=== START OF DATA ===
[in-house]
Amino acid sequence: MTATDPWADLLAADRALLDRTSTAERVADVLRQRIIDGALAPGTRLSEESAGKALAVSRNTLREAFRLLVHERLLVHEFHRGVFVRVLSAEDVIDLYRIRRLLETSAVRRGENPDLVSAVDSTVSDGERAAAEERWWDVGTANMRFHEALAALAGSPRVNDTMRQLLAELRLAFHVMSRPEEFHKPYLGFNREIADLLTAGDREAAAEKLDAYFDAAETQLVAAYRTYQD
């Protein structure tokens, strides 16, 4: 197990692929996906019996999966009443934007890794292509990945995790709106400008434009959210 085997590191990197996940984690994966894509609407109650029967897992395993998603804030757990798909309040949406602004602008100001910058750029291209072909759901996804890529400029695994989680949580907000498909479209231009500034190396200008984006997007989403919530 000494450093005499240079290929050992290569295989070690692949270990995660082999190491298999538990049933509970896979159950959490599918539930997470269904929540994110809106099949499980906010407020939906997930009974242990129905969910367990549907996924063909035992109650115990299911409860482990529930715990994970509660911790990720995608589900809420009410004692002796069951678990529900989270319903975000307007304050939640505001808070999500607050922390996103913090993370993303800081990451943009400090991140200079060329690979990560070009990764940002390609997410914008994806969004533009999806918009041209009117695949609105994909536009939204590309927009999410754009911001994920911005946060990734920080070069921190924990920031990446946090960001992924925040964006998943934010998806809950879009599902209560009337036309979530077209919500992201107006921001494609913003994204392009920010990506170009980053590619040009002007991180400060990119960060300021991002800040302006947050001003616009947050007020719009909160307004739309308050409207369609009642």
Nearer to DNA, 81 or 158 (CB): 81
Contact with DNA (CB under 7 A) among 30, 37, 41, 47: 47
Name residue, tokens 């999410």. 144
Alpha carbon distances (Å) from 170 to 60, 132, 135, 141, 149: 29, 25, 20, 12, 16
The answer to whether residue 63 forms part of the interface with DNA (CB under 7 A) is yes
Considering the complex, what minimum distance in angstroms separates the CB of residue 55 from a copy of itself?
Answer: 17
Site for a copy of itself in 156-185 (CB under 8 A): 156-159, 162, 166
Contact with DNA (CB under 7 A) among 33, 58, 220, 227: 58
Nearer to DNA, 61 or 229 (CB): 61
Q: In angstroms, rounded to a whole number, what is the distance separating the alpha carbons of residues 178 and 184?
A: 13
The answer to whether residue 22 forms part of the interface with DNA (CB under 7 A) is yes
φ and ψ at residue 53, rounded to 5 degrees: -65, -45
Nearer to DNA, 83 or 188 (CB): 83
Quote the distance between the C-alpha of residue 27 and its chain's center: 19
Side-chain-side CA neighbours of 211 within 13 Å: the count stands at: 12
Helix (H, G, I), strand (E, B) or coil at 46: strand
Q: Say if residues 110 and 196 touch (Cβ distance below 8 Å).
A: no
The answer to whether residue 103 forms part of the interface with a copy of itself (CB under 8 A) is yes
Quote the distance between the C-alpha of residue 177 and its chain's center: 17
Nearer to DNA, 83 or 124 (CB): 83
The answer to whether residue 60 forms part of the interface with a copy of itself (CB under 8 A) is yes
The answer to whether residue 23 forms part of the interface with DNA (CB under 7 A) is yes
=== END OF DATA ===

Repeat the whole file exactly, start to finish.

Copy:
[in-house]
Amino acid sequence: MTATDPWADLLAADRALLDRTSTAERVADVLRQRIIDGALAPGTRLSEESAGKALAVSRNTLREAFRLLVHERLLVHEFHRGVFVRVLSAEDVIDLYRIRRLLETSAVRRGENPDLVSAVDSTVSDGERAAAEERWWDVGTANMRFHEALAALAGSPRVNDTMRQLLAELRLAFHVMSRPEEFHKPYLGFNREIADLLTAGDREAAAEKLDAYFDAAETQLVAAYRTYQD
């Protein structure tokens, strides 16, 4: 197990692929996906019996999966009443934007890794292509990945995790709106400008434009959210 085997590191990197996940984690994966894509609407109650029967897992395993998603804030757990798909309040949406602004602008100001910058750029291209072909759901996804890529400029695994989680949580907000498909479209231009500034190396200008984006997007989403919530 000494450093005499240079290929050992290569295989070690692949270990995660082999190491298999538990049933509970896979159950959490599918539930997470269904929540994110809106099949499980906010407020939906997930009974242990129905969910367990549907996924063909035992109650115990299911409860482990529930715990994970509660911790990720995608589900809420009410004692002796069951678990529900989270319903975000307007304050939640505001808070999500607050922390996103913090993370993303800081990451943009400090991140200079060329690979990560070009990764940002390609997410914008994806969004533009999806918009041209009117695949609105994909536009939204590309927009999410754009911001994920911005946060990734920080070069921190924990920031990446946090960001992924925040964006998943934010998806809950879009599902209560009337036309979530077209919500992201107006921001494609913003994204392009920010990506170009980053590619040009002007991180400060990119960060300021991002800040302006947050001003616009947050007020719009909160307004739309308050409207369609009642």
Nearer to DNA, 81 or 158 (CB): 81
Contact with DNA (CB under 7 A) among 30, 37, 41, 47: 47
Name residue, tokens 């999410």. 144
Alpha carbon distances (Å) from 170 to 60, 132, 135, 141, 149: 29, 25, 20, 12, 16
The answer to whether residue 63 forms part of the interface with DNA (CB under 7 A) is yes
Considering the complex, what minimum distance in angstroms separates the CB of residue 55 from a copy of itself?
Answer: 17
Site for a copy of itself in 156-185 (CB under 8 A): 156-159, 162, 166
Contact with DNA (CB under 7 A) among 33, 58, 220, 227: 58
Nearer to DNA, 61 or 229 (CB): 61
Q: In angstroms, rounded to a whole number, what is the distance separating the alpha carbons of residues 178 and 184?
A: 13
The answer to whether residue 22 forms part of the interface with DNA (CB under 7 A) is yes
φ and ψ at residue 53, rounded to 5 degrees: -65, -45
Nearer to DNA, 83 or 188 (CB): 83
Quote the distance between the C-alpha of residue 27 and its chain's center: 19
Side-chain-side CA neighbours of 211 within 13 Å: the count stands at: 12
Helix (H, G, I), strand (E, B) or coil at 46: strand
Q: Say if residues 110 and 196 touch (Cβ distance below 8 Å).
A: no
The answer to whether residue 103 forms part of the interface with a copy of itself (CB under 8 A) is yes
Quote the distance between the C-alpha of residue 177 and its chain's center: 17
Nearer to DNA, 83 or 124 (CB): 83
The answer to whether residue 60 forms part of the interface with a copy of itself (CB under 8 A) is yes
The answer to whether residue 23 forms part of the interface with DNA (CB under 7 A) is yes